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Commerce Department Ready to Add Space Traffic Management to Growing Space Role
U.S. Commerce Secretary Wilbur Ross.
Credit: Commerce Department

COLORADO SPRINGS, Colo. — Secretary of Commerce Wilbur Ross says his department is gearing up to add space traffic management to its growing portfolio of commercial space responsibilities.

Speaking at the 34th Space Symposium here April 17, Ross said the Commerce Department was taking several steps to implement a draft space traffic management (STM) policy, announced by Vice President Mike Pence a day earlier, that would assign the department the responsibility for providing some space situational awareness services.

"The department stands ready to work with other executive branch agencies, and the private sector, to develop an STM strategy that creates benchmark standards for the entire world," he said. [7 Wild Ways to Clean Up Space Junk]

Those plans will build upon earlier studies that examined shifting the responsibility from the Defense Department for providing space traffic management services, such as collision warnings, for operators of civil and commercial satellites. That will include, he said, leveraging the expertise of the National Institute of Standards and Technology (NIST), part of the Commerce Department, in developing standards in collaboration with industry.

The department is also planning an international space regulatory conference that will take place in the United States by next January to bring together STM experts from around the world. "As we embark on new plans for space traffic management and space situational awareness, it will be important for government to hear from key global space industry leaders," Ross said.

The transition outlined in the policy will take time to implement. "As Commerce takes on new responsibilities from DOD and other agencies, we will make sure that there is a seamless transition," Ross said in his speech. "We recognize the importance of having the right people, the right partnerships, and the right processes in place before any big changes are finalized."

In an interview April 16, Ross said that he has met with Air Force Secretary Heather Wilson on a transition of STM responsibilities. He emphasized the "baby steps" nature of that planned transition, but didn't estimate how long it would take to complete.

"What we worked out in concept is a transitional period," he said, with the Defense Department continuing to collect data and the Commerce Department ramping up its analysis capabilities. Commerce would also be able to augment that with data from commercial and international sources. "This is not going to be an abrupt switch-throwing, where one day it's DoD and the next day it's Commerce."

This STM responsibility is part of a consolidation of commercial space regulatory responsibilities, outside of launch and communications, in the Commerce Department's Office of Space Commerce. That office, previously within NOAA, will be elevated to directly under the Secretary of Commerce. A new director for the office will be named soon, Ross said.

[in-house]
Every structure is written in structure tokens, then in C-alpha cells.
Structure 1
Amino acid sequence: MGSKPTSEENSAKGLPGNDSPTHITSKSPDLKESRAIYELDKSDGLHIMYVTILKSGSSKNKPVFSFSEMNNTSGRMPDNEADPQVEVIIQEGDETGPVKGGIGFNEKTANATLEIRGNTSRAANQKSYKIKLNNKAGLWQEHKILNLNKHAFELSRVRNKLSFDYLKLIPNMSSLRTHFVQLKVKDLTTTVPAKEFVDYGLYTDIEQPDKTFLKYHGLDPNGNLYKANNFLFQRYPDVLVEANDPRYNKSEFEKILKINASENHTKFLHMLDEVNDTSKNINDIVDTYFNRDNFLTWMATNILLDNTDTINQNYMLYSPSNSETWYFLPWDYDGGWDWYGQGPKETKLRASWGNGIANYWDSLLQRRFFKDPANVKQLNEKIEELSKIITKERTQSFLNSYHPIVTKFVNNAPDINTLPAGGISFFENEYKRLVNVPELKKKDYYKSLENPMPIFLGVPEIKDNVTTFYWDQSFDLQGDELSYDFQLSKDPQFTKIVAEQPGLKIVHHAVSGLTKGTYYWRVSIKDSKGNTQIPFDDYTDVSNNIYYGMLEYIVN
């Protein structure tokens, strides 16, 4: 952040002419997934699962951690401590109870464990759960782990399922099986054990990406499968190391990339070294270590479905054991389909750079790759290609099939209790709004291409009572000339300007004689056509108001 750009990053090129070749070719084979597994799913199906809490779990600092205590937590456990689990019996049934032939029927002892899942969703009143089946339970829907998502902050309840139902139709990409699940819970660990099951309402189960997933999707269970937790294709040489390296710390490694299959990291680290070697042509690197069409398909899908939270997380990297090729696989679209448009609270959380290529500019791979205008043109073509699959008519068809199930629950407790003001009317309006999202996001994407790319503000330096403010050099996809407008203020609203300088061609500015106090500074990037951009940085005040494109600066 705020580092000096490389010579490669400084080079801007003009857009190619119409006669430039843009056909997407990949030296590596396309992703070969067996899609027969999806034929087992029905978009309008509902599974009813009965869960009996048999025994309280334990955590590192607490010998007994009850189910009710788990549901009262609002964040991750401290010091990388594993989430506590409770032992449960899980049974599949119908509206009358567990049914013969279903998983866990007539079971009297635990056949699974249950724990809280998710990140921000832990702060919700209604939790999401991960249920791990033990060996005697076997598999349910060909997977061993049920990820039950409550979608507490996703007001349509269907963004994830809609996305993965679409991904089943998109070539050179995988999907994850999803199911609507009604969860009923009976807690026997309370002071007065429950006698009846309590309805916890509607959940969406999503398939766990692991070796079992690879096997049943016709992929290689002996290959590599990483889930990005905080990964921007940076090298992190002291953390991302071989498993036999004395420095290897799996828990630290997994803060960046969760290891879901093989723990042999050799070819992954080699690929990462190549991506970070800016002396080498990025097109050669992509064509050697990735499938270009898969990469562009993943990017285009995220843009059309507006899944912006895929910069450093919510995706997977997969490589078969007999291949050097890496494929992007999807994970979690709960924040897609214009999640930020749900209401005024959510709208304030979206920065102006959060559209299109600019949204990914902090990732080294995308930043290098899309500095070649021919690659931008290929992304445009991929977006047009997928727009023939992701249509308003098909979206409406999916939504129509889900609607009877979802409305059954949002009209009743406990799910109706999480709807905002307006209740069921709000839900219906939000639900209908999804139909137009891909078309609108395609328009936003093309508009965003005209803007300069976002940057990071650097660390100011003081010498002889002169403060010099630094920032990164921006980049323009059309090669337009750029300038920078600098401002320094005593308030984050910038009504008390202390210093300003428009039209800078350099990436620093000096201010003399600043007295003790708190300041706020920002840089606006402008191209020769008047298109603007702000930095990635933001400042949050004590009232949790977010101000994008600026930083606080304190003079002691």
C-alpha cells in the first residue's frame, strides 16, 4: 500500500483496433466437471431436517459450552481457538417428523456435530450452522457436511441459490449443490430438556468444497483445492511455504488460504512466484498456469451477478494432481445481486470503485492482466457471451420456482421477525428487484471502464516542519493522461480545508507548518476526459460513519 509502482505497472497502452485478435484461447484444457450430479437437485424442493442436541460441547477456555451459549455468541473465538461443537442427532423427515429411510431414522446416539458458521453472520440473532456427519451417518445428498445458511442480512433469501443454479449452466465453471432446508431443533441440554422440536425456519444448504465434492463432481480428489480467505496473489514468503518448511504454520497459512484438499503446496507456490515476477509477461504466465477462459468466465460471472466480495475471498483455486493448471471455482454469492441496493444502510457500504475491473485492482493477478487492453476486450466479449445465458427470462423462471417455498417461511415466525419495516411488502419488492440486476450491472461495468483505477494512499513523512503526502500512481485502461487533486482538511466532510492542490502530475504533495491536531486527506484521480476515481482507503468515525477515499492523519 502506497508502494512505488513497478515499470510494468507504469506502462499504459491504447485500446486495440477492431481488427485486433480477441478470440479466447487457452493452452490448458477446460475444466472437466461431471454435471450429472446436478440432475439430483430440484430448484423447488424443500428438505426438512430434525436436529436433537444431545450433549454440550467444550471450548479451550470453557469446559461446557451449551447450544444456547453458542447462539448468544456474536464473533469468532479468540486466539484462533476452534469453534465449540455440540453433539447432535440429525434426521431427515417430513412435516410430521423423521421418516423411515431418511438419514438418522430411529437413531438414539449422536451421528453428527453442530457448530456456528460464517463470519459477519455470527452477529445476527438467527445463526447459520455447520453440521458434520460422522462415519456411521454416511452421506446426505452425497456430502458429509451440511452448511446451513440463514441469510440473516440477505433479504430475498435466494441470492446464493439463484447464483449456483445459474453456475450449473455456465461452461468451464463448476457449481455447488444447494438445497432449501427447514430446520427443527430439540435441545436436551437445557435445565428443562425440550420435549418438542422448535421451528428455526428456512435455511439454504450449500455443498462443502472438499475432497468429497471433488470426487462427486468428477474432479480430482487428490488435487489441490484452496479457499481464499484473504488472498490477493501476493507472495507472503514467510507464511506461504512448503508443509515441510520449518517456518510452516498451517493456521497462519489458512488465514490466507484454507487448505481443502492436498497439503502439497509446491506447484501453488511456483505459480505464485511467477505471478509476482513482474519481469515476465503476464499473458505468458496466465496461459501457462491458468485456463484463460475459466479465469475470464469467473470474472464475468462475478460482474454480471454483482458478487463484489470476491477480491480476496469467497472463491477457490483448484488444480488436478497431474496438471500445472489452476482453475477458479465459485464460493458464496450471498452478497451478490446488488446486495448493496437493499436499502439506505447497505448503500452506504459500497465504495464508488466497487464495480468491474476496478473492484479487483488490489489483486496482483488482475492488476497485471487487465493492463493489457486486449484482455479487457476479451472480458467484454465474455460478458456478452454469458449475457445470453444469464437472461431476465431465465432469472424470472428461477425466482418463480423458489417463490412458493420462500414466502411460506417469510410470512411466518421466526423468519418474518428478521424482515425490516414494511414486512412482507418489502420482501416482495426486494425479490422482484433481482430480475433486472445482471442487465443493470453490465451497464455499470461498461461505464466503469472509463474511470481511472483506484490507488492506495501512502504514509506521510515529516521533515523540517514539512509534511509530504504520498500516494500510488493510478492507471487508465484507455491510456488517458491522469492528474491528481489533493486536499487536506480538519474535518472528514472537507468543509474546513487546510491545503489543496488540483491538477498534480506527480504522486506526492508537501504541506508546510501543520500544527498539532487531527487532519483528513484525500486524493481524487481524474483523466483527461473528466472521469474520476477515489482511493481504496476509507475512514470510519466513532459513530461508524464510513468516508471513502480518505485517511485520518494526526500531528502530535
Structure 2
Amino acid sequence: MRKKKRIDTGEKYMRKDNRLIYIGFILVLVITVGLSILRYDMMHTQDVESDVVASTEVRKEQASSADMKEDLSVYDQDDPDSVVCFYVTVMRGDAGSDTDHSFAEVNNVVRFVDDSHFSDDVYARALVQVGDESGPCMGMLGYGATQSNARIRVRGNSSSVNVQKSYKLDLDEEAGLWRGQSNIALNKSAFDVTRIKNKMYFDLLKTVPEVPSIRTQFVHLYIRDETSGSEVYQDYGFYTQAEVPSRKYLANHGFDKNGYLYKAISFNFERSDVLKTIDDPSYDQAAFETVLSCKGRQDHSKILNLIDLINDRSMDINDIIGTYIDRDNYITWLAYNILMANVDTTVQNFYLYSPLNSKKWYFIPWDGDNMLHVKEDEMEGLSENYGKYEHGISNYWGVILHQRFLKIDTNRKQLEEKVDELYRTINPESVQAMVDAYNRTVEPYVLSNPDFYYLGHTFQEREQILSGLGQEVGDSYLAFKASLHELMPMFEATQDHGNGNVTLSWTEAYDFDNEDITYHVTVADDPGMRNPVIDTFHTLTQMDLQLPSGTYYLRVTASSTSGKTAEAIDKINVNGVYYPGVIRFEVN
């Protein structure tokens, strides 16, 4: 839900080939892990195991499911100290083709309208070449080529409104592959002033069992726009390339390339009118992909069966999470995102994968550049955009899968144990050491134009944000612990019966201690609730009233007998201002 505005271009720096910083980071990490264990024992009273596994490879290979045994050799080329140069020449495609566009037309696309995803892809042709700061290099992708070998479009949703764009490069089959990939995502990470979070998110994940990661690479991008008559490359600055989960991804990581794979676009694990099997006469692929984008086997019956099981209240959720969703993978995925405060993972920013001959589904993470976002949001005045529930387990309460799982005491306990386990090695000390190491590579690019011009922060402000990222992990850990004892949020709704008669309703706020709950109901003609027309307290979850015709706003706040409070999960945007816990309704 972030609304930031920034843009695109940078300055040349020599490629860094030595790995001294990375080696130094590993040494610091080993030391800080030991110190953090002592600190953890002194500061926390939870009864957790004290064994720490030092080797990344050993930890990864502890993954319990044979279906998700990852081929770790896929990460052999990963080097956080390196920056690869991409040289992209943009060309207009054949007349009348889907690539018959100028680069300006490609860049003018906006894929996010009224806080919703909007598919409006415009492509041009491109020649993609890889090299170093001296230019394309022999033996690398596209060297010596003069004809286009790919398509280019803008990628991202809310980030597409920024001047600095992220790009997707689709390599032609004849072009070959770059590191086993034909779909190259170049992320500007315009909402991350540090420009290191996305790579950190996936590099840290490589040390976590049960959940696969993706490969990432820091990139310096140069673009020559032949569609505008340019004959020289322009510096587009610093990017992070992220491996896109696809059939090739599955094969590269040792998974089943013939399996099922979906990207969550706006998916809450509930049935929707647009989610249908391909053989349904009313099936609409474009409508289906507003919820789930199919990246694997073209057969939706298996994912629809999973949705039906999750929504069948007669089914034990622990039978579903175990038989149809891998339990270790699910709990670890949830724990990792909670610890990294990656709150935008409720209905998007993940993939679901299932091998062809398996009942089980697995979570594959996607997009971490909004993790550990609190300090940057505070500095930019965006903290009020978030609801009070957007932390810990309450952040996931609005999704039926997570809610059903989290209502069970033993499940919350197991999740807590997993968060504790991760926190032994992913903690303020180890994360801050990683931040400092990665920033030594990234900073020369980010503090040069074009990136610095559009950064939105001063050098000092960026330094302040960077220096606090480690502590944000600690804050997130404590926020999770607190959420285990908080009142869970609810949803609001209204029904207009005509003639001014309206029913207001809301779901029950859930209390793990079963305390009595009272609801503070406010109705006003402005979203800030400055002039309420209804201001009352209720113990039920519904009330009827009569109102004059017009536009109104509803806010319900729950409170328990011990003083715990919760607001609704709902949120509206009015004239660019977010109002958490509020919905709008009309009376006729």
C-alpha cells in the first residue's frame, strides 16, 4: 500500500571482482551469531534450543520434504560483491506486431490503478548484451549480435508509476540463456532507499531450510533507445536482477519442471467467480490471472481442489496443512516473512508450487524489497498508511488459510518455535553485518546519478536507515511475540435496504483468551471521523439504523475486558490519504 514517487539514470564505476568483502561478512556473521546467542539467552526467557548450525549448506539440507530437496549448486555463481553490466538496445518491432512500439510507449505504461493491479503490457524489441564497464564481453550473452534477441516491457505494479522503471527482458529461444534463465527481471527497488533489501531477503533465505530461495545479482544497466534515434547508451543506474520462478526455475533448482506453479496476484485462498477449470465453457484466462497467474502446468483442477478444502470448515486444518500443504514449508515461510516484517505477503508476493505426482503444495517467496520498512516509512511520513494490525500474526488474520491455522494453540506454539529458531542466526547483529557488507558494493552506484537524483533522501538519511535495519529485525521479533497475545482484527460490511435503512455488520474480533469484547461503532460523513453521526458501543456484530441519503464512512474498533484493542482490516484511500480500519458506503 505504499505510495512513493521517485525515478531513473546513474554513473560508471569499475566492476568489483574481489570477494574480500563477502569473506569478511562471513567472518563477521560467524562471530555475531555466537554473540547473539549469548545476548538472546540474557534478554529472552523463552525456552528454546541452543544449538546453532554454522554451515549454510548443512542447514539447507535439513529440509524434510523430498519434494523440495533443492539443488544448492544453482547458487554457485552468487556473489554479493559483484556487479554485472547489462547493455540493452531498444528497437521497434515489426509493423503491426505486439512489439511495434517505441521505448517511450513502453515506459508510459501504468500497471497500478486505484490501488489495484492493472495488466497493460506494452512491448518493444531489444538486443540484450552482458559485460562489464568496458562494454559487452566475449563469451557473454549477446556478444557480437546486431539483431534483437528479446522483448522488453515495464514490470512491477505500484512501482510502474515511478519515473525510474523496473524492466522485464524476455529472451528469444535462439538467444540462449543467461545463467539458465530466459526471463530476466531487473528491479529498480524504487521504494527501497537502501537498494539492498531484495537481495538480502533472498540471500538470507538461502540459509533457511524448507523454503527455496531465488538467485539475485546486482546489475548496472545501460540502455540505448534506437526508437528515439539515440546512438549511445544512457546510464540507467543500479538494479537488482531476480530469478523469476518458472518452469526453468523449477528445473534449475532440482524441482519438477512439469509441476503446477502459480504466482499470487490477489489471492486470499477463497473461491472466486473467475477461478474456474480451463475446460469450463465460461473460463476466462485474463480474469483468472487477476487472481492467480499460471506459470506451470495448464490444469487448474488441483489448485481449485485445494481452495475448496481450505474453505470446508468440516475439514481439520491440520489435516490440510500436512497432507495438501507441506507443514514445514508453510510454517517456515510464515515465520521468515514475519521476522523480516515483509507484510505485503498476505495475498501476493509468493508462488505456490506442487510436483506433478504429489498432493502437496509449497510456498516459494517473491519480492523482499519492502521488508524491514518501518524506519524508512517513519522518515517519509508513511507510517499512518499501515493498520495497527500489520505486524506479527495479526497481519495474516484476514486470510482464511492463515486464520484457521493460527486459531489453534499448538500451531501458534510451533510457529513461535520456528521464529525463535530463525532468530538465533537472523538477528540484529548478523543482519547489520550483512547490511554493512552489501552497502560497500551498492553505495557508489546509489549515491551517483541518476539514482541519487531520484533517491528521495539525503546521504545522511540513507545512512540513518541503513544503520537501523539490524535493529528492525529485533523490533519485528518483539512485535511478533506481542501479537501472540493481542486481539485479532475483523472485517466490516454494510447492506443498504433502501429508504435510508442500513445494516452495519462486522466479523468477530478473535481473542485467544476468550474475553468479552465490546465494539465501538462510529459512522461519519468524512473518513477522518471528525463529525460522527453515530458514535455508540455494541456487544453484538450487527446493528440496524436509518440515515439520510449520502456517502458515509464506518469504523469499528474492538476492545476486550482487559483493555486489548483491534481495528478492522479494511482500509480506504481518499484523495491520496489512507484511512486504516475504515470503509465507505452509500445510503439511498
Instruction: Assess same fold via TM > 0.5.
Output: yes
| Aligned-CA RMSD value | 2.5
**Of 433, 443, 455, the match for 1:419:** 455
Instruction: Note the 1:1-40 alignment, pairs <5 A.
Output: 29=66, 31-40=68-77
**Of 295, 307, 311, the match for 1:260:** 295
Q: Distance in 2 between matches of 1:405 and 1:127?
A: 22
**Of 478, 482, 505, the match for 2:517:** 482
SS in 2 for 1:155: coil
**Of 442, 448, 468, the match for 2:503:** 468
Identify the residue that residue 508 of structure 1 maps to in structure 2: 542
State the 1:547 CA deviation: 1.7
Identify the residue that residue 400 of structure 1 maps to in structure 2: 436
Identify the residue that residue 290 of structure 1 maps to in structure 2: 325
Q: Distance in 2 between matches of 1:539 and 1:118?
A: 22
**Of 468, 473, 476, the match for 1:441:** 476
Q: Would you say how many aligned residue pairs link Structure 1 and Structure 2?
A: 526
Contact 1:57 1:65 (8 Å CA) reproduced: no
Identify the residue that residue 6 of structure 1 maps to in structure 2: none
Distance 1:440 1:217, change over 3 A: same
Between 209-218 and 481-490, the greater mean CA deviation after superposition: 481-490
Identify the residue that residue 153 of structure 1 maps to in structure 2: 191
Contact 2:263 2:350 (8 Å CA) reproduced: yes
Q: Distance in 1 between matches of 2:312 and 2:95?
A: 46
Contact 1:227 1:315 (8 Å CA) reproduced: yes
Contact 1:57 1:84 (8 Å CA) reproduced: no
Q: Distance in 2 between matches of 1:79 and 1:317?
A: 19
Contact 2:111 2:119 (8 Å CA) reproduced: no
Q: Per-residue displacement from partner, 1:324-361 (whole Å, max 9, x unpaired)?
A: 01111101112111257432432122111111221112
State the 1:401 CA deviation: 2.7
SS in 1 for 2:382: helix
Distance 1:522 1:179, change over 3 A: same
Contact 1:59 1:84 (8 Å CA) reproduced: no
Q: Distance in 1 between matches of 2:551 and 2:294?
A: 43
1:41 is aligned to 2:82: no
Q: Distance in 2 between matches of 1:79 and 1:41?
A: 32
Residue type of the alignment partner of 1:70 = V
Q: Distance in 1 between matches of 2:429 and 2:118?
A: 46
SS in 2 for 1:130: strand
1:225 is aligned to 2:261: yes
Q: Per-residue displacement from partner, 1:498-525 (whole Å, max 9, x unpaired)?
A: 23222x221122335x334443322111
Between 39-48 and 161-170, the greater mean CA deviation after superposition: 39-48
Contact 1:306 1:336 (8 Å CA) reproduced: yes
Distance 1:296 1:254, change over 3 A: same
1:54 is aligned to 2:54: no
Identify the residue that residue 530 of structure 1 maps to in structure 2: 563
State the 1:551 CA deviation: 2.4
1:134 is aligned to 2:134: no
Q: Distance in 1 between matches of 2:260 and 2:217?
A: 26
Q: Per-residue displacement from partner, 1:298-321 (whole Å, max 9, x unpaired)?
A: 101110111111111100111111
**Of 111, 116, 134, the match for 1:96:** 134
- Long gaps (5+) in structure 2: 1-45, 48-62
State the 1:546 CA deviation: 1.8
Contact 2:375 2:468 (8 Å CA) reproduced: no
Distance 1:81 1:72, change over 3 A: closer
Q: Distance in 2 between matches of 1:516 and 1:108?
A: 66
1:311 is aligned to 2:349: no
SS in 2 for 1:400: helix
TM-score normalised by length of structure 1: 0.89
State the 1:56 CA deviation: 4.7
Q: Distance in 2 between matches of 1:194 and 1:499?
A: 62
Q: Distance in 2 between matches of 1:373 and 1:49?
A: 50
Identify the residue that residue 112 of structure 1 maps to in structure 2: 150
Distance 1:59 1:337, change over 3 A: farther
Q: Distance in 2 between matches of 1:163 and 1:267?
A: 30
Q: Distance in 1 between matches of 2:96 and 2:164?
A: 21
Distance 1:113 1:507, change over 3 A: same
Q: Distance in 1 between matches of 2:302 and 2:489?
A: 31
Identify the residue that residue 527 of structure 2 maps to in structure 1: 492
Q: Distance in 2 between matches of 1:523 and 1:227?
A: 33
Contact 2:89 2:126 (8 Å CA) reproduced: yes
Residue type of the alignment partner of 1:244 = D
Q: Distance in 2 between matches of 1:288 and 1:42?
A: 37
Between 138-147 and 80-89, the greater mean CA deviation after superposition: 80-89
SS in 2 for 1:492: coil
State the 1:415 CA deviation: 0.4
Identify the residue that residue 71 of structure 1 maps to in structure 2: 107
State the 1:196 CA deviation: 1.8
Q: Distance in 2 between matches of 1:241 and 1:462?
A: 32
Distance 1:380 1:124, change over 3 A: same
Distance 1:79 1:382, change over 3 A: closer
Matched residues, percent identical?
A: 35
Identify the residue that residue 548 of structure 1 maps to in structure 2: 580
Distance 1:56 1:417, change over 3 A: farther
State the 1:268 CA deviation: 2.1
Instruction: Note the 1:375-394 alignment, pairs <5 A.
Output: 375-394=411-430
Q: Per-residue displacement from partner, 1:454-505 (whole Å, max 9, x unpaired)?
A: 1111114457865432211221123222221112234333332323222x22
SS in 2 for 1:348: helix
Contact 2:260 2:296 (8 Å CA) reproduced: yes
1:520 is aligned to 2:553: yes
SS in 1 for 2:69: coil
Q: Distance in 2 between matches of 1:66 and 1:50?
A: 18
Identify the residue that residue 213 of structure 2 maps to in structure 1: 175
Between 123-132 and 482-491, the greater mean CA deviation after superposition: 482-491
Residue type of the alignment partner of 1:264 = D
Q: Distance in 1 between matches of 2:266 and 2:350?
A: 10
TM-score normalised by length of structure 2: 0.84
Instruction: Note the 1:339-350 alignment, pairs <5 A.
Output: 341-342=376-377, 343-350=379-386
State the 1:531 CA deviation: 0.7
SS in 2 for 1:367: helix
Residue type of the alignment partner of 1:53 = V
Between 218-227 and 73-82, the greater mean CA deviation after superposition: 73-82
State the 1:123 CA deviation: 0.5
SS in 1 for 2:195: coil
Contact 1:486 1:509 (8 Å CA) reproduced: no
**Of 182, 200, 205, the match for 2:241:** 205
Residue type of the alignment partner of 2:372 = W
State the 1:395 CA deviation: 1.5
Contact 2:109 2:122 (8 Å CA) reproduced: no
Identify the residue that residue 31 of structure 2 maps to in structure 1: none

In his speech, Ross touched upon another topic, commercial remote-sensing regulatory reform. "We apply the same level of interagency scrutiny to a high school cubesat as we do to a billion-dollar asset designed for our intelligence community," he said. "This is silly, and it will stop."

He cited in particular the March 30 SpaceX Falcon 9 launch, where a live broadcast from cameras on board the rocket was cut off shortly before reaching orbit  because of what the company said at the time were NOAA restrictions. Ross said that SpaceX and other launch companies weren't aware they needed commercial remote-sensing licenses for such broadcasts.

"This is a perfect example of how commercial activity in space is outpacing government regulations. No more," Ross said, directing the NOAA office that regulates commercial remote sensing to "implement reforms that will meet private sector needs without endangering national security."

Ross met April 16 with executives from companies that are either in the commercial remote-sensing business or require NOAA licenses. The hour-long "listening session" allowed companies to discuss their concerns, which included a lack of transparency in the licensing review process and long timelines.

Ross said in the interview that as Commerce takes on more regulatory activities, he doesn't want the agency to forget its role to promote industry as well. "While the label is regulator, we would like the mindset to be that of a sensible facilitator," he said.

This story was provided by SpaceNews, dedicated to covering all aspects of the space industry.